Tropical Storm Harvey Develops East of Barbados

A reconnaissance plane found that a center of circulation and winds to tropical storm force had developed in a tropical wave previously designated as Invest 91L and Potential Tropical Cyclone Nine.  Based on data collected by the recon plane the National Hurricane Center named the system Tropical Storm Harvey on Thursday afternoon.  At 5:00 p.m. EDT on Thursday the center of Tropical Storm Harvey was located at latitude 13.0°N and longitude 55.8°W which put it about 250 miles (400 km) east of Barbados.  Harvey was moving toward the west at 18 m.p.h. (30 km/h).  The maximum sustained wind speed was 40 m.p.h. (65 km/h) and there were wind gusts to 50 m.p.h. (80 km/h).  The minimum surface pressure was 1004 mb.

A Tropical Storm Warning is in effect for Martinique, Barbados, St. Vincent and the Grenadines, and St. Lucia.  A Tropical Storm Watch is in effect for Dominica.

The circulation of Tropical Storm Harvey became better organized on Thursday.  A low level center of circulation developed and bands of showers and thunderstorms began to revolve around the center.  Intermittent bursts of thunderstorms occurred near and to the west of the center of circulation.  The circulation of Tropical Storm Harvey is asymmetrical.  Most of the stronger thunderstorms are occurring in the western half of the circulation.  The bands in the eastern half of the circulation consist primarily of showers and low clouds.  Thunderstorms near the core of Harvey were generating some upper level divergence which was pumping mass away to the south and west of the tropical storm.

Tropical Storm Harvey will be moving through an environment that will be somewhat favorable for intensification.  Harvey will move over water where the Sea Surface Temperature is near 29°C.  An upper level ridge northeast of Puerto Rico is producing northeasterly winds which are blowing toward the top of Tropical Storm Harvey.  Those winds are producing moderate vertical wind shear which is probably the cause of the asymmetrical distribution of thunderstorms.  Tropical Storm Harvey is likely to get better organized on Friday and it could strengthen.  The intensity guidance is mixed.  Some guidance forecasts that Harvey will become a hurricane as it moves over the Caribbean Sea, while other guidance weaken the tropical storm back to a tropical wave.  So far, the guidance has underpredicted the strength of Tropical Storm Harvey and so strengthen would seem more likely.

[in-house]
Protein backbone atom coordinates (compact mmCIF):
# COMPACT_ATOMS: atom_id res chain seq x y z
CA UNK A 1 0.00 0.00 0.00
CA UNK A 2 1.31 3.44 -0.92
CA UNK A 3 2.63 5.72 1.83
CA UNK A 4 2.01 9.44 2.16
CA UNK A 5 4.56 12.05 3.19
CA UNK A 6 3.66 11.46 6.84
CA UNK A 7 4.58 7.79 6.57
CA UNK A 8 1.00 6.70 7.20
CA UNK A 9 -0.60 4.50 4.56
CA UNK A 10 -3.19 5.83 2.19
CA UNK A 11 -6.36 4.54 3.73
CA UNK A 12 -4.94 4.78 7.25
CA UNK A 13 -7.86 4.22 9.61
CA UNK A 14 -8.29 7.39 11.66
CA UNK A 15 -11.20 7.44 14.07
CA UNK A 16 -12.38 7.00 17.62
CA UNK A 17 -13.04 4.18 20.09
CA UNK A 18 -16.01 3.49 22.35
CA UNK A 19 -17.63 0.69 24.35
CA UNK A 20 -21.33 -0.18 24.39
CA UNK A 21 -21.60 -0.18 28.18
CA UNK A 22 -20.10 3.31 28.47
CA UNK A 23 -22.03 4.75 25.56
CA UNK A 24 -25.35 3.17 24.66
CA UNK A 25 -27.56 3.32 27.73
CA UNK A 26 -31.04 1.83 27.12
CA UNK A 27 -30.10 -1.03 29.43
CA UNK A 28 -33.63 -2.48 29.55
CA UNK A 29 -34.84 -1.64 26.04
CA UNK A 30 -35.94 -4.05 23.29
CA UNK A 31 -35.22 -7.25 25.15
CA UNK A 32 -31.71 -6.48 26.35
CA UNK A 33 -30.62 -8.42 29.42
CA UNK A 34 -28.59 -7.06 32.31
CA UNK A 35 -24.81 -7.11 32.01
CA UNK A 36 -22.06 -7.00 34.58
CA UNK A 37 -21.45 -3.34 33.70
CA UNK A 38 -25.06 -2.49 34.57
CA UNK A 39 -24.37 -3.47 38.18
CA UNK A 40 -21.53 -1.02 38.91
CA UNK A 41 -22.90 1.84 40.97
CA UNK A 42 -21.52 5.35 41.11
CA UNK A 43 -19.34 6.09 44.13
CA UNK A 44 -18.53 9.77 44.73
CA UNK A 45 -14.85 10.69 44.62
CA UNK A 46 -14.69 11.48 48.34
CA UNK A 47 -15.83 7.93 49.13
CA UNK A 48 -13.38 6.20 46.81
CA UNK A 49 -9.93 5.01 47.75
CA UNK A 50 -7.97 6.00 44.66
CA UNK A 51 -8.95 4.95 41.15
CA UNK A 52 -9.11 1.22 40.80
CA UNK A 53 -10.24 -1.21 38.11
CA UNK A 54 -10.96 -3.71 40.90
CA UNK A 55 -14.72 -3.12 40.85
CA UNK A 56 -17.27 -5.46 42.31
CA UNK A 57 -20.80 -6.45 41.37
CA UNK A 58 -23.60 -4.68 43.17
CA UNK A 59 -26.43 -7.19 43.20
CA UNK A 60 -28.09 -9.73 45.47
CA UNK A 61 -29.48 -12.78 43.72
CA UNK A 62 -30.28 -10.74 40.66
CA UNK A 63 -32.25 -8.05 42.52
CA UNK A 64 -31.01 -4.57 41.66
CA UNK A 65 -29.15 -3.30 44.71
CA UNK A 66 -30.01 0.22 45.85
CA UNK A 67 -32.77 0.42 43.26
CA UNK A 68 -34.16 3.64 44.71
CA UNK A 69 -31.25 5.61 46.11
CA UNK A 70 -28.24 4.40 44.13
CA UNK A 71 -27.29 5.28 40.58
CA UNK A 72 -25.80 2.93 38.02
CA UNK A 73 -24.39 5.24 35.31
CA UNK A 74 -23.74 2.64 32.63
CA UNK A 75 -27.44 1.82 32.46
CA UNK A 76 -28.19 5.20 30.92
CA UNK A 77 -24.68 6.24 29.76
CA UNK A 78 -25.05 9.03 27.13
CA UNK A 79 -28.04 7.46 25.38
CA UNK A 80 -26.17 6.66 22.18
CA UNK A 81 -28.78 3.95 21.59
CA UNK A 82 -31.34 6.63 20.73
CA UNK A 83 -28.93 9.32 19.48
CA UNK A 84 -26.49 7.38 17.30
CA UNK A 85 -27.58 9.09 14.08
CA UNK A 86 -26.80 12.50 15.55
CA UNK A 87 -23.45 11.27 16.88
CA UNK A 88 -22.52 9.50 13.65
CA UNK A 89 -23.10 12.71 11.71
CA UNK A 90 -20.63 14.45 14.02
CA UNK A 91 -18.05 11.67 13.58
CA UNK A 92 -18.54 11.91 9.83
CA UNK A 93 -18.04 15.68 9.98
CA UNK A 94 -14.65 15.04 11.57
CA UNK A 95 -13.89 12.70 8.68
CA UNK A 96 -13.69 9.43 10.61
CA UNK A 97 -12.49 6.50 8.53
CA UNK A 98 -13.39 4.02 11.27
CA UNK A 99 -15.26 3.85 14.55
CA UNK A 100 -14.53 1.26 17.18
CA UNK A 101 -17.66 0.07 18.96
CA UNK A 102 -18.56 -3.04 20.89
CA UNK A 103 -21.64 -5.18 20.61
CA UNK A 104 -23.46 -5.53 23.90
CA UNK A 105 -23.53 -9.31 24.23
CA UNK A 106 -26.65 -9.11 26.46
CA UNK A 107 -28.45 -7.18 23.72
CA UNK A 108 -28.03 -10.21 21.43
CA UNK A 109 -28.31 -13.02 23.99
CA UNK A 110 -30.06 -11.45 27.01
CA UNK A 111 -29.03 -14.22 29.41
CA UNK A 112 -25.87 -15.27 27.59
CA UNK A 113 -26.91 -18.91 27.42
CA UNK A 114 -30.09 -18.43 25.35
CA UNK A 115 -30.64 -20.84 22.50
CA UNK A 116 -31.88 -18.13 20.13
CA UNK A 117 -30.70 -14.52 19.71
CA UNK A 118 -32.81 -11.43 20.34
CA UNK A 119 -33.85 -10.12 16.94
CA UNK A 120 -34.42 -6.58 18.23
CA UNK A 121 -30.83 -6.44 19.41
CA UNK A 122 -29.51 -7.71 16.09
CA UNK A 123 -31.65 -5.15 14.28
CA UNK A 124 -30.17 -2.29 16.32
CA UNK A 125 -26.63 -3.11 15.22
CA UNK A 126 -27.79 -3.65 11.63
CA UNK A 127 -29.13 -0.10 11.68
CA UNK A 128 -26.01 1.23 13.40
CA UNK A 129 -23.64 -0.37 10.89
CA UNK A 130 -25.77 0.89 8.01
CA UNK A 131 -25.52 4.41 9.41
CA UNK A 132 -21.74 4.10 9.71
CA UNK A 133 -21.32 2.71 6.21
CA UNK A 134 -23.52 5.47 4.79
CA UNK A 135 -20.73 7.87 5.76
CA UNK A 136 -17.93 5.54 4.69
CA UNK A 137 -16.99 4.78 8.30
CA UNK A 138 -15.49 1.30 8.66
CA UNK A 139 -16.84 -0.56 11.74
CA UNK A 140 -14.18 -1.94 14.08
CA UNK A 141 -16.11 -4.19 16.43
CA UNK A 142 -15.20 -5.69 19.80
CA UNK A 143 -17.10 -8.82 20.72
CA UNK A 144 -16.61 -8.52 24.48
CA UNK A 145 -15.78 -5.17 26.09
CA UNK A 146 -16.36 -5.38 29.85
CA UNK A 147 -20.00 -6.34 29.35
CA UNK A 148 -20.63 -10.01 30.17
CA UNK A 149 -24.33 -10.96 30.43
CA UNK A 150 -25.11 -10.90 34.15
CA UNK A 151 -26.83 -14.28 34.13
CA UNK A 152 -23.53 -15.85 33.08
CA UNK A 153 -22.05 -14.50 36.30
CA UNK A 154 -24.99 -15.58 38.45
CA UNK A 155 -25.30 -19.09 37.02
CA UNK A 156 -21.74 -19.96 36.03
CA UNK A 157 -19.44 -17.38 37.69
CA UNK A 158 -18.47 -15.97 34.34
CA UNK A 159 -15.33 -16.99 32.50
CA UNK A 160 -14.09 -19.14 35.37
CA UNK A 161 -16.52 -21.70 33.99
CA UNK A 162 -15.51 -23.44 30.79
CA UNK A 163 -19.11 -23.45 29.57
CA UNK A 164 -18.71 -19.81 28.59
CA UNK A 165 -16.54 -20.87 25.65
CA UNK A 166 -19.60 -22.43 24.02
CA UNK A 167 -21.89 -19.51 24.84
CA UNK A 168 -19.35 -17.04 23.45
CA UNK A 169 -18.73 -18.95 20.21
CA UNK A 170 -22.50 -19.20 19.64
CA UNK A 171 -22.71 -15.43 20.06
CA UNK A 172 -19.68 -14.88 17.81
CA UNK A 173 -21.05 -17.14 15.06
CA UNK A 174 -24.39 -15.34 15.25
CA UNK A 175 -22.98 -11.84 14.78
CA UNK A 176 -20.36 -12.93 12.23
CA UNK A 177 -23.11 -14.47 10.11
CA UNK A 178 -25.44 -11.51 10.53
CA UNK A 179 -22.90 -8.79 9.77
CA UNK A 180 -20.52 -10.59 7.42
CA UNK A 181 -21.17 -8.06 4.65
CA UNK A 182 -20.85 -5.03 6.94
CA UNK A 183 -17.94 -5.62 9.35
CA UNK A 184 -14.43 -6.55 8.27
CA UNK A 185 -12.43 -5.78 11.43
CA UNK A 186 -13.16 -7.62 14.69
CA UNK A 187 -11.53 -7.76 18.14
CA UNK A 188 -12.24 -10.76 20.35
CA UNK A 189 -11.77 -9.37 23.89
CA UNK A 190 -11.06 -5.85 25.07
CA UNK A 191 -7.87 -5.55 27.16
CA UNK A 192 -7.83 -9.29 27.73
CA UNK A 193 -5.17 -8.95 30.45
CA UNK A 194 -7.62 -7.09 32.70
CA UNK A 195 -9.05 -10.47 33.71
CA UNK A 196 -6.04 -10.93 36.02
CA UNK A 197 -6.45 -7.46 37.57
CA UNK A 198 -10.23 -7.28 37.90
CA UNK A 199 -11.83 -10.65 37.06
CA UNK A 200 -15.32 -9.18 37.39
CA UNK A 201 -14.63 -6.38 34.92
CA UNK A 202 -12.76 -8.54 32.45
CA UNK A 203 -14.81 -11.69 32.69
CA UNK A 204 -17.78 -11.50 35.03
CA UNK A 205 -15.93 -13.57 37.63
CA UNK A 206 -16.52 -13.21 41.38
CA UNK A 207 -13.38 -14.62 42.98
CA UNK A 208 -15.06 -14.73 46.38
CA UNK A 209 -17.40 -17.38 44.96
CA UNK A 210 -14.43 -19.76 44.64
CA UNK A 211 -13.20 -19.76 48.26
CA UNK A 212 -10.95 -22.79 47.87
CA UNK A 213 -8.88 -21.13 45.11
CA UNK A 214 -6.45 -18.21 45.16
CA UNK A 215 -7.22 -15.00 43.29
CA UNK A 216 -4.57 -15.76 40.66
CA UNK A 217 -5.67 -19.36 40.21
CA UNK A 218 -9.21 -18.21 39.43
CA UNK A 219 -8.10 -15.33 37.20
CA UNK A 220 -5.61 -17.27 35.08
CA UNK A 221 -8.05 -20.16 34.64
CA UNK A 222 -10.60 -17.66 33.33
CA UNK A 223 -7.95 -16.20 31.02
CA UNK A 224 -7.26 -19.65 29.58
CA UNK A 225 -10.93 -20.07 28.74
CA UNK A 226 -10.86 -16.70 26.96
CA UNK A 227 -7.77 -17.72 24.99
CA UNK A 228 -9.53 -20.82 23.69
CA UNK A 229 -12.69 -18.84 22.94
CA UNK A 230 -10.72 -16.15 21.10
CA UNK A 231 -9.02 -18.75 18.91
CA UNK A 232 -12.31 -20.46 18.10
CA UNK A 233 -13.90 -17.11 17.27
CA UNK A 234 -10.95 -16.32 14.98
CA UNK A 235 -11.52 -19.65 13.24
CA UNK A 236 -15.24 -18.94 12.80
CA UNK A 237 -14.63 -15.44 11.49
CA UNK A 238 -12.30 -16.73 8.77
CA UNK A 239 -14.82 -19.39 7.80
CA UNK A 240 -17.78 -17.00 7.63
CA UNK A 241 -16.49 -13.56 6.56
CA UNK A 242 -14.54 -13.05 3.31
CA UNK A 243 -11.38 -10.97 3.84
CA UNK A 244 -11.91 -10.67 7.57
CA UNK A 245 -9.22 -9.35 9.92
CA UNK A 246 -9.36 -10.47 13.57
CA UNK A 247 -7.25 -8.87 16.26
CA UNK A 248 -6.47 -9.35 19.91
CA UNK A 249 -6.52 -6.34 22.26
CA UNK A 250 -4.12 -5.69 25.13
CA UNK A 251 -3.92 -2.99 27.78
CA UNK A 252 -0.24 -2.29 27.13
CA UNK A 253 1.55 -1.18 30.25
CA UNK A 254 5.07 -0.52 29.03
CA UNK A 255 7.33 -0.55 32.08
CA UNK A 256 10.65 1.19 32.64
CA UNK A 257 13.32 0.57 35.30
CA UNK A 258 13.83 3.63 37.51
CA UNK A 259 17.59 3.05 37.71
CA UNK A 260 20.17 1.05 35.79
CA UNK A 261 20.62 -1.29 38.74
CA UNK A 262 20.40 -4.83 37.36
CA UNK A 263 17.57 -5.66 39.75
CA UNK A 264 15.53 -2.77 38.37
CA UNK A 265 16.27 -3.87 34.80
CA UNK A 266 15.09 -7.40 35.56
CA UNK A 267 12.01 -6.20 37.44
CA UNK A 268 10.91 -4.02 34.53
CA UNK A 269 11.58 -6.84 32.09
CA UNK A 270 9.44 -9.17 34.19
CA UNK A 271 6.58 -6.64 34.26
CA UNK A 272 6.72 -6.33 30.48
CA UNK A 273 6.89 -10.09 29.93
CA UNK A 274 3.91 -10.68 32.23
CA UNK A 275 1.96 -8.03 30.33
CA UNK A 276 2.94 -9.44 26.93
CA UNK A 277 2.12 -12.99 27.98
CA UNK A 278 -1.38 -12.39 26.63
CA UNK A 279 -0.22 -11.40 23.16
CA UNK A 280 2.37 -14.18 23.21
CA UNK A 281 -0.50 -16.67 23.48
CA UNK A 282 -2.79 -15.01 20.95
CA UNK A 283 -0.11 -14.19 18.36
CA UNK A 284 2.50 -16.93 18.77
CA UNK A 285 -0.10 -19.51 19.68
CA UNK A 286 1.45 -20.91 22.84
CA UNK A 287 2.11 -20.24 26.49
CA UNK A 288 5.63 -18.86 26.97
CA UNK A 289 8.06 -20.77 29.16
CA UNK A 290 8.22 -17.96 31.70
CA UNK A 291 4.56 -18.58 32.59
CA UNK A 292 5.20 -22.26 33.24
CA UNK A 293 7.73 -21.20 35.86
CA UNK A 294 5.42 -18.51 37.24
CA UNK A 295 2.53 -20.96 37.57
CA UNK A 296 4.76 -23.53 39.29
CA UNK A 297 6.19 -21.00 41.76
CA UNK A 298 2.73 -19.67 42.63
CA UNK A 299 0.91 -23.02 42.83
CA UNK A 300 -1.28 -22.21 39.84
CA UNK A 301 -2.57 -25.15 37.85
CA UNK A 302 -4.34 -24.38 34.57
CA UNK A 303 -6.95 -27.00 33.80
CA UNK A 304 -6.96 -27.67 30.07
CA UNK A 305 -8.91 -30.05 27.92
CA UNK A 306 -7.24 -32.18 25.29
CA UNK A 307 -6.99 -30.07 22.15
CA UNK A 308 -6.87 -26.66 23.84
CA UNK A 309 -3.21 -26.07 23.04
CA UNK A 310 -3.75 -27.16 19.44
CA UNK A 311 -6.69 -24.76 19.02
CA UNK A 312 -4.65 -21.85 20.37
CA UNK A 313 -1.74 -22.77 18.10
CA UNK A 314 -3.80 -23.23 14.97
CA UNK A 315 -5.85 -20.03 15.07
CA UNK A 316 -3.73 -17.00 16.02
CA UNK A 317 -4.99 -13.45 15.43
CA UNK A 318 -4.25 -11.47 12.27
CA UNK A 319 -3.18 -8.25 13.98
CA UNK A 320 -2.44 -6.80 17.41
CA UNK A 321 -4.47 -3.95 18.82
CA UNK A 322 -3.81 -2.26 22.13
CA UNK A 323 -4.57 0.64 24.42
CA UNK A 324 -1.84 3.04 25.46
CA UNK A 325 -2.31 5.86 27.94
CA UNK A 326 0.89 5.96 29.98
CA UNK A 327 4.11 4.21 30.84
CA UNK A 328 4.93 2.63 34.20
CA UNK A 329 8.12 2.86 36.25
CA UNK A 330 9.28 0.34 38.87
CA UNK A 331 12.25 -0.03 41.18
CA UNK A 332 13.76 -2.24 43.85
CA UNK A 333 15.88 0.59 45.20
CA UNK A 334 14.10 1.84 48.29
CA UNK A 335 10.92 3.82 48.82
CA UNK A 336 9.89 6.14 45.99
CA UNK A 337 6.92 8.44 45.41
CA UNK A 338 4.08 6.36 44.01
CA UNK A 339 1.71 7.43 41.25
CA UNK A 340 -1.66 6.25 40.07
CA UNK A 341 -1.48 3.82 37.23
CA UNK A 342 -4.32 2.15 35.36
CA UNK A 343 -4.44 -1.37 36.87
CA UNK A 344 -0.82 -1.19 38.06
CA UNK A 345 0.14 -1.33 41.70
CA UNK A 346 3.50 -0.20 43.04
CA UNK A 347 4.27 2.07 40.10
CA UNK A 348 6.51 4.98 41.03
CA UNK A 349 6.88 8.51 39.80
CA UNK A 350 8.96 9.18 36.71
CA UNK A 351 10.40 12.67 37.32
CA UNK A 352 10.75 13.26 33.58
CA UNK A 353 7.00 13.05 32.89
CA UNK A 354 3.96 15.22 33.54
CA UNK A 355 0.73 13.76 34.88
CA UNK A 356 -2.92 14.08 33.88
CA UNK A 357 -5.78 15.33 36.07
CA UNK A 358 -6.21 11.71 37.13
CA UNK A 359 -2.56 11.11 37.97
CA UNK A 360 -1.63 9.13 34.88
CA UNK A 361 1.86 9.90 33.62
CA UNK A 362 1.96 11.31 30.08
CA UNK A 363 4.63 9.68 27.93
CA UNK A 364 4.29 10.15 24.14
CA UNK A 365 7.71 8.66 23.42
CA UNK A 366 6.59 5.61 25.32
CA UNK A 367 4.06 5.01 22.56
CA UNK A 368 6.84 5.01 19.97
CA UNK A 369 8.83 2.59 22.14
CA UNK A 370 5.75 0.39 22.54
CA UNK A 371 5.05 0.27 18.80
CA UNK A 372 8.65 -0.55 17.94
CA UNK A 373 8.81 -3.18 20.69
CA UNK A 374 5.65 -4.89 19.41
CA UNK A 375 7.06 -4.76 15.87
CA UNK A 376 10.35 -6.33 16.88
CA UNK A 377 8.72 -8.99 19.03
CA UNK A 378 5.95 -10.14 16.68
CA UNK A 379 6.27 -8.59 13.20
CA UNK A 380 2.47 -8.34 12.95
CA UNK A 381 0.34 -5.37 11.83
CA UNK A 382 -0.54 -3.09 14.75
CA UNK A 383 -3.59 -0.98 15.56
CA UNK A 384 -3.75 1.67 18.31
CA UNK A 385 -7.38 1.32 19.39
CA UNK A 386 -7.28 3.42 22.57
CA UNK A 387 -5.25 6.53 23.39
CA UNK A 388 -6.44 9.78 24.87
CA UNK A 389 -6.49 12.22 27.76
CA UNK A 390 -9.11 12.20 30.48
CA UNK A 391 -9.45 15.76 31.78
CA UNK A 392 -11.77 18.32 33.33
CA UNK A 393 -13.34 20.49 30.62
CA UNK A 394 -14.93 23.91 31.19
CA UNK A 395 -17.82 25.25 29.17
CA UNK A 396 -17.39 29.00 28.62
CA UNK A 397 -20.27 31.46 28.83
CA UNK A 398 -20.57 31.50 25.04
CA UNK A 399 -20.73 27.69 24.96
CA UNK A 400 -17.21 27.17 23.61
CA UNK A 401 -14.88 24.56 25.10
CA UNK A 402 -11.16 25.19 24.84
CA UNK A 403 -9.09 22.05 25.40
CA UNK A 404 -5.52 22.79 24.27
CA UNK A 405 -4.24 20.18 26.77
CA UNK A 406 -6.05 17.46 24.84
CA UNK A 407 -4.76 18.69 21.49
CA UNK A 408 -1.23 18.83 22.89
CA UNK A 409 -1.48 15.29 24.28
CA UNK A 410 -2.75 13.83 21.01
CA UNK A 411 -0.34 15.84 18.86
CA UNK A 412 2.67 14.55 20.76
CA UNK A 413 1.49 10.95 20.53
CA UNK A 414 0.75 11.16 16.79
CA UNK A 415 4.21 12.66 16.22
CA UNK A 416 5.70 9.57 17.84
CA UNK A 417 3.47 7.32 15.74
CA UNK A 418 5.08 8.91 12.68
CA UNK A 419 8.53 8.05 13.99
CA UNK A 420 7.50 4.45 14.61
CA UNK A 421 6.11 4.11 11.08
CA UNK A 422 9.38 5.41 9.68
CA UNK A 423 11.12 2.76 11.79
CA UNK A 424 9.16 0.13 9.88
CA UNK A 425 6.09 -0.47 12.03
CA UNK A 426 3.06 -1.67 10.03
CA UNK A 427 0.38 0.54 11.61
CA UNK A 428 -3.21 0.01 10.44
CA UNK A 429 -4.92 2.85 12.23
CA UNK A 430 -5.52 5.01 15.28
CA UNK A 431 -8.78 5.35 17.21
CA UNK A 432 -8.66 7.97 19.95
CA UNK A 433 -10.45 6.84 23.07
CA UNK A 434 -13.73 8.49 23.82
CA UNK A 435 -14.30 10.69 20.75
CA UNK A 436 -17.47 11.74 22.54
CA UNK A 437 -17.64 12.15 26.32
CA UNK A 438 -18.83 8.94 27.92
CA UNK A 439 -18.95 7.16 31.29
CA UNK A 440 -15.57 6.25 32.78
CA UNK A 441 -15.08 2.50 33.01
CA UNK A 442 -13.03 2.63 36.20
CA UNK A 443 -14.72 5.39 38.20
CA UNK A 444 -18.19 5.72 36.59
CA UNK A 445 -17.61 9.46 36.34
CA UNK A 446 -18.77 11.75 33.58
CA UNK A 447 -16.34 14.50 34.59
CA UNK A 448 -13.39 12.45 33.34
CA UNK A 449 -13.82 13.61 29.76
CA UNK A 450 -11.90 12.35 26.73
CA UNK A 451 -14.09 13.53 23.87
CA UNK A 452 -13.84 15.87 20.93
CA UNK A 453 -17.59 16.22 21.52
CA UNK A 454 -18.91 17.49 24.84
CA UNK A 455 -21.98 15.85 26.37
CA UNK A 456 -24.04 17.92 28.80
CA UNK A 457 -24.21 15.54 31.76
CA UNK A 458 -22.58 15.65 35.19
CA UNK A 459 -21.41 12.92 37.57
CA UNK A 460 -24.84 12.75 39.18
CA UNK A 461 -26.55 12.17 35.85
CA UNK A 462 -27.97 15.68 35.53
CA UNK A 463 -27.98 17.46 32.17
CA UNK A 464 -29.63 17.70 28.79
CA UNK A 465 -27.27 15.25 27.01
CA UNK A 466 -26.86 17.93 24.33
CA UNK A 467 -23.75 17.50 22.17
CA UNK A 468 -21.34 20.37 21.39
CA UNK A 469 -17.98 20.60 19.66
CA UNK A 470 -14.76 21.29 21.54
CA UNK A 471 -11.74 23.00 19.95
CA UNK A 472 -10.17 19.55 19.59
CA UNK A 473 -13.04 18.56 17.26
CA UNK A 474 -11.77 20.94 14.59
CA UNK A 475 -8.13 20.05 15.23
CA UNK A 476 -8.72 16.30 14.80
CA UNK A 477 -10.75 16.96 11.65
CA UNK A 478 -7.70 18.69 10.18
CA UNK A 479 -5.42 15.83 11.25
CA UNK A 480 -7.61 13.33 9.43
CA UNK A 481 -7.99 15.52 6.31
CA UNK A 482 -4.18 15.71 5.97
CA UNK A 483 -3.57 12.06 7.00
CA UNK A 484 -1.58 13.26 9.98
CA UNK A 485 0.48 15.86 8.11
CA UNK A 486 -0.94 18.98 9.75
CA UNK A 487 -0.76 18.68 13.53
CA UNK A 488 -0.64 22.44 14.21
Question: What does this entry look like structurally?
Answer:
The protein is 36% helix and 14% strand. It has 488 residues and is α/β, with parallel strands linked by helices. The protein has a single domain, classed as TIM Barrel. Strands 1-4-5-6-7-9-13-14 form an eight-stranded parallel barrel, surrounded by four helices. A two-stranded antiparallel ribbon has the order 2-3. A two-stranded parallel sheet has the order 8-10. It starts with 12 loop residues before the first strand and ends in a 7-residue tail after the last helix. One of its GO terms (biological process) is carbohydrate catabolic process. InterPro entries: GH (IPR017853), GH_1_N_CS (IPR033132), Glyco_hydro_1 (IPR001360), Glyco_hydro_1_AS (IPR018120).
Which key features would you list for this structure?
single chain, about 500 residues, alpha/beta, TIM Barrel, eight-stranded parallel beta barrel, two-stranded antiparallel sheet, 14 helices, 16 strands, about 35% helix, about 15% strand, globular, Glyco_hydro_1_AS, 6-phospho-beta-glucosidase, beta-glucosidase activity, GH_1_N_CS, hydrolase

Tropical Storm Harvey is being steered quickly toward the west by the subtropical high over the Atlantic Ocean.  A general westerly or west-northwesterly track is forecast for the next few days.  On its anticipate track Tropical Storm Harvey could reach Barbados in about 12 hours.  Harvey could also reach Martinique, St. Lucia, St. Vincent and the Grenadines on Friday.  Tropical Storm Harvey will bring gusty winds and locally heavy rain to those islands when it moves over them.

Invest 97L Poses Risk for Caribbean Sea

A tropical disturbance designated as Invest 97L poses a potential risk for locations around the Caribbean Sea.  At 8:00 p.m. EDT on Tuesday the center of Invest 97L was located at latitude 13.1°N and longitude 55.3°W which put it about 285 miles (460 km) east of Barbados.  Invest 97L was moving toward the west at 19 m.p.h. (31 km/h).  The maximum sustained wind speed was 35 m.p.h. (55 km/h) and there were wind gusts to 45 m.p.h. (70 km/h).  The minimum surface pressure was 1008 mb.

A U.S. Air Force Reserve Hurricane Hunter aircraft flew a reconnaissance mission into Invest 97L on Tuesday afternoon.  The plane found the there were winds to near tropical storm force, but it could not identify a closed circulation.  The winds on the western side were weaker and the plane was unable to find a surface center.  There does seem to be cyclonic rotation above the surface at least on infrared satellite imagery.

The circulation in Invest 97L is still organizing.  Many of the stronger thunderstorms are forming north and east of the apparent center on satellite imagery.  Rainbands are also forming north and east of the center.  Recent satellite images suggest that some thunderstorms could be developing closer to the center of cyclonic rotation.  The current thunderstorms are generating upper level divergence which is pumping out mass to the north and east of the system.

Invest 97L is moving through an environment that is favorable for intensification.  It is moving over water where the Sea Surface Temperature is near 29°C.  The upper level winds over the majority of the circulation are relatively weak.  An upper level trough over the Caribbean Sea is generating vertical wind shear over the northern fringe of the circulation.  Invest 97L could become a tropical storm at any time.

A subtropical high pressure system to the north of Invest 97L is steering it toward the west and that general motion is expected to continue for another day or two.  On its anticipated track Invest 97L will move through the Windward Islands near Barbados, St. Lucia, Martinique, and Dominica on Wednesday.  It could bring gusty winds and locally heavy rain to those locations.